Tooele Transcript Bulletin – News in Tooele, Utah
image Addie: “One of the most beautiful spiders I’ve ever seen, a female orb-weaver, sits on her web, head downward, awaiting her next victim. She was located in a Tooele City fruit tree.”

August 22, 2013
Orb-weavers recreate their fascinating webs each day

Named after their orbicular- or spiracle-shaped webs, orb-weavers are awe-striking spiders that comprise many shapes, sizes and colors. The number of different species is somewhat controversial and is estimated between 4,000 to more than 10,000 worldwide. Orb-weavers can be black, white, gray, brown, yellow, red, pink, green and even blue.

Many species of orb-weavers create spiral webs using sticky silk to capture prey. At the end of each day they will devour their web and then afterwards spin a new one. When prey is caught in the web, the orb-weaver will quickly bite it and then wrap it in silk.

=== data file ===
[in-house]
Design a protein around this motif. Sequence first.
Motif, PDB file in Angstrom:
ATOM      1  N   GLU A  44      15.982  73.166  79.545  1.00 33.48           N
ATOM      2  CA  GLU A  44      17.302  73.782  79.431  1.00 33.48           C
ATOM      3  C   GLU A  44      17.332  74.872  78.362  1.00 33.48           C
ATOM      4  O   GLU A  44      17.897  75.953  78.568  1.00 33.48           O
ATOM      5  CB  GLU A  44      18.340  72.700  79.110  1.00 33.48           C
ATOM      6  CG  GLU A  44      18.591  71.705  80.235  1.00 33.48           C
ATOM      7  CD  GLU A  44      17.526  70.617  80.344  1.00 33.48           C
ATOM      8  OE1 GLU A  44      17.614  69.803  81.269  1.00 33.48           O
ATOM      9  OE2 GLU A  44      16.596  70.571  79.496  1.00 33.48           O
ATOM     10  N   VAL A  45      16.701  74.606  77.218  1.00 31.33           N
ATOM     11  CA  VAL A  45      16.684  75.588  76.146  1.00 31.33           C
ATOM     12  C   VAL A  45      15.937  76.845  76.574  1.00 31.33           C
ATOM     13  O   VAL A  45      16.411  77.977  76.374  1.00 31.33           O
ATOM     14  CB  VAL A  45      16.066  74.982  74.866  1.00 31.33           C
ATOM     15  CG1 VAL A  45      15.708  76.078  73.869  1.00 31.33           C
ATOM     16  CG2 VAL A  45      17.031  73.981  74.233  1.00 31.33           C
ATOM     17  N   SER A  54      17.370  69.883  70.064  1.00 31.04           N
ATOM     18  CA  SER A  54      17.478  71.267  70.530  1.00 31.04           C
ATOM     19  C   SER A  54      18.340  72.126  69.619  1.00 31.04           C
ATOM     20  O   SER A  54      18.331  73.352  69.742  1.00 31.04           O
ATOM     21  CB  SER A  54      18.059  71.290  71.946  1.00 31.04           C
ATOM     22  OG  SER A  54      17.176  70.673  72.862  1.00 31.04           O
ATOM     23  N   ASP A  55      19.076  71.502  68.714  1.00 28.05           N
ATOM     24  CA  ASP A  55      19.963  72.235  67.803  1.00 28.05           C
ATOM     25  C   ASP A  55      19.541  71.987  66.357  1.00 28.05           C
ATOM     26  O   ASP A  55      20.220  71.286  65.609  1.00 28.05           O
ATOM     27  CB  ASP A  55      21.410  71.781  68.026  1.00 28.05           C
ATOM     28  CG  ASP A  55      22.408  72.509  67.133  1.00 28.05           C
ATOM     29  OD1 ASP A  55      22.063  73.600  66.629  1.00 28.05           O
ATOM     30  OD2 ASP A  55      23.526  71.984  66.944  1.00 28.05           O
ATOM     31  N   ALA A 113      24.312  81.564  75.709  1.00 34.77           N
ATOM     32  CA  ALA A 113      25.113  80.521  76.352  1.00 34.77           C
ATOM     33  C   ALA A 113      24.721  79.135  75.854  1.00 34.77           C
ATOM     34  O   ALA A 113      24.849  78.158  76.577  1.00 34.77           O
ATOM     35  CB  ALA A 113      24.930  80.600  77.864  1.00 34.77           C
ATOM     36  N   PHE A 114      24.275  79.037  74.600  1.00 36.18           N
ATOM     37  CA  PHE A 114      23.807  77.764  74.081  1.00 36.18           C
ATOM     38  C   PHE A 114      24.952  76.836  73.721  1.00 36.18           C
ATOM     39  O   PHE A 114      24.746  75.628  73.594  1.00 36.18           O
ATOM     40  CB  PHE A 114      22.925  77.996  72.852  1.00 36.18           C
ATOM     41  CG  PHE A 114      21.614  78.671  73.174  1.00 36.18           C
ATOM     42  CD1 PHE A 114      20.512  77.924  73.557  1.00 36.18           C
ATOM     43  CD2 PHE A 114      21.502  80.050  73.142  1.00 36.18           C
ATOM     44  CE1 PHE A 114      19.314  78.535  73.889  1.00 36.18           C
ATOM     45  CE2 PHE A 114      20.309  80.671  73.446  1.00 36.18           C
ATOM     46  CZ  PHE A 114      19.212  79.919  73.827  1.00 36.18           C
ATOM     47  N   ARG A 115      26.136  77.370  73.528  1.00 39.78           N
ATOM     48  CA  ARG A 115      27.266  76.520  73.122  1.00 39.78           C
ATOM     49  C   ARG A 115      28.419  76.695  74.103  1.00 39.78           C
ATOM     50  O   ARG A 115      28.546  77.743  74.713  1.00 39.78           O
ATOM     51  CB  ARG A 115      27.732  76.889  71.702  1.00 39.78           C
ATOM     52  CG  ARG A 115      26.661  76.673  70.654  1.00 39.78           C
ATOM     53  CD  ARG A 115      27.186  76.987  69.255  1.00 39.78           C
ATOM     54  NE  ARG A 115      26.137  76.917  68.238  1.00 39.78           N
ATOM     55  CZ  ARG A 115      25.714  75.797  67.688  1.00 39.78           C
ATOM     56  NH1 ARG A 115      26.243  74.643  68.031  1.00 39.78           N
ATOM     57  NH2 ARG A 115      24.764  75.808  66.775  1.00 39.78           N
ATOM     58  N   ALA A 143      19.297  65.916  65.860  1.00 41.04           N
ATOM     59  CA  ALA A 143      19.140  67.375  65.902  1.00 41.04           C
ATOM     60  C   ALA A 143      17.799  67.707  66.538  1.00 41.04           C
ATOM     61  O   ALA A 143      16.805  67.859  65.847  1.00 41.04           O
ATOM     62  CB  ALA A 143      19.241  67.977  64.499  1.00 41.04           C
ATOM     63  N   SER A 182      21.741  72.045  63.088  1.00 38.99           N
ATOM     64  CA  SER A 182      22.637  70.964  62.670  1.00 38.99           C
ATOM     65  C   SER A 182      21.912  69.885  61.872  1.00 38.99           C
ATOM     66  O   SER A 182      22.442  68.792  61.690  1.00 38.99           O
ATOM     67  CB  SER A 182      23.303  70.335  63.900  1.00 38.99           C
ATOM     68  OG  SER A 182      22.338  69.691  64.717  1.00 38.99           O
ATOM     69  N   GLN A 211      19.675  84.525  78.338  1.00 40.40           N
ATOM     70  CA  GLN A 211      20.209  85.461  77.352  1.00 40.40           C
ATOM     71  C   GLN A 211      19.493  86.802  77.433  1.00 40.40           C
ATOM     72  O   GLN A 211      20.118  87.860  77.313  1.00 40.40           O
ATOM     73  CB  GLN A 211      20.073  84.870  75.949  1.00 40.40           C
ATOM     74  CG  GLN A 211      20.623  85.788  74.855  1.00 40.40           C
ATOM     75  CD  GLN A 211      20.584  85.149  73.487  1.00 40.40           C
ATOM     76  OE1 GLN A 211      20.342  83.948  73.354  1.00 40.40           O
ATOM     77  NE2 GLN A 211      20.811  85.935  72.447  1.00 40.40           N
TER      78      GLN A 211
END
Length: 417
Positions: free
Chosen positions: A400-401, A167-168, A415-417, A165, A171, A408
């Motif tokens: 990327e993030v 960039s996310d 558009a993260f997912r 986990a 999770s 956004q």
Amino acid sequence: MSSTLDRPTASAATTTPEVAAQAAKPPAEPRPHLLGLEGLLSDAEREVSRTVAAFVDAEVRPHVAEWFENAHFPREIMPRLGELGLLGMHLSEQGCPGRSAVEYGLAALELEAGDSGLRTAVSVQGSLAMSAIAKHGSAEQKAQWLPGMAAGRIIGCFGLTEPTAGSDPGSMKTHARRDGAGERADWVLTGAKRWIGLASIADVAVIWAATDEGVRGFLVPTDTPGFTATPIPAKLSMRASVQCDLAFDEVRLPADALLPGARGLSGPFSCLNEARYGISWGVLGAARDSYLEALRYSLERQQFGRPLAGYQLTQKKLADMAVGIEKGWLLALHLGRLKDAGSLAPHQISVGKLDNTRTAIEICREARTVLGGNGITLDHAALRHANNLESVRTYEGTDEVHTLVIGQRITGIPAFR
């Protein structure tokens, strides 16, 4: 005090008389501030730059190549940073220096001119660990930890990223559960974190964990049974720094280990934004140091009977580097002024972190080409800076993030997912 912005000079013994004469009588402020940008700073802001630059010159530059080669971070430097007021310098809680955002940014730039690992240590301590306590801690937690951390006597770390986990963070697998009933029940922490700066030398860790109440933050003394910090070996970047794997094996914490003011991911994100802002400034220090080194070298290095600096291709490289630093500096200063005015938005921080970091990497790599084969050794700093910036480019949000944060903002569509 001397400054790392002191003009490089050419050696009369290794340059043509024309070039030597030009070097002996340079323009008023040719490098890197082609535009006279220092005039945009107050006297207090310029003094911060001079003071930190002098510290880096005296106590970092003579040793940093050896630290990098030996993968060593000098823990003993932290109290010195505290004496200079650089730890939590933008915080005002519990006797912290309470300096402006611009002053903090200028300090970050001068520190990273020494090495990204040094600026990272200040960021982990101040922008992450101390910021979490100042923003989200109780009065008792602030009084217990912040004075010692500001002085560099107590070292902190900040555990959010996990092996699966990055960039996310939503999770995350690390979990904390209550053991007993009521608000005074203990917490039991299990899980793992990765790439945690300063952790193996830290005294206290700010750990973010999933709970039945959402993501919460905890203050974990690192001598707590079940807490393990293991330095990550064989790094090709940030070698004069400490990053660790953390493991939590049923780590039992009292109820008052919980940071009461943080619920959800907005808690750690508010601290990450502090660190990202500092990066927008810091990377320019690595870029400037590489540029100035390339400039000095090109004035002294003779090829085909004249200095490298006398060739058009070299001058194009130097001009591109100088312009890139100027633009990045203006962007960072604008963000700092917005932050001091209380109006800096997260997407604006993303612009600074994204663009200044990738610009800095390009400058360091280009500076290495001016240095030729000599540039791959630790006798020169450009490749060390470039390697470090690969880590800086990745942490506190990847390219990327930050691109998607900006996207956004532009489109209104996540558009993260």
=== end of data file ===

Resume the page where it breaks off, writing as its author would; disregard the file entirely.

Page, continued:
The orb-weaver’s breading season mostly occurs during cool autumn nights where the male will search for the web of a female and will begin plucking it in ritual form to signal her that he is not a trapped meal.

If the female doesn’t mistake him for a struggling insect, she will allow the male to cautiously approach, and mating eventually takes place. If successful, the female will leave her web so she may store her eggs in a safer location. She will wrap hundreds of eggs in a silken sack, where the offspring will remain and thrive throughout the winter. At some point during the winter, young orb-weaver spiders hatch, but remain inside their woven sack until spring. Their longevity is limited to one year because they cannot survive the cold winter conditions, but may live a little longer in tropical regions.


Addie T. Lindsay, 17, is an accomplished writer and a photographer of wildlife creatures big and small. She can be contacted at

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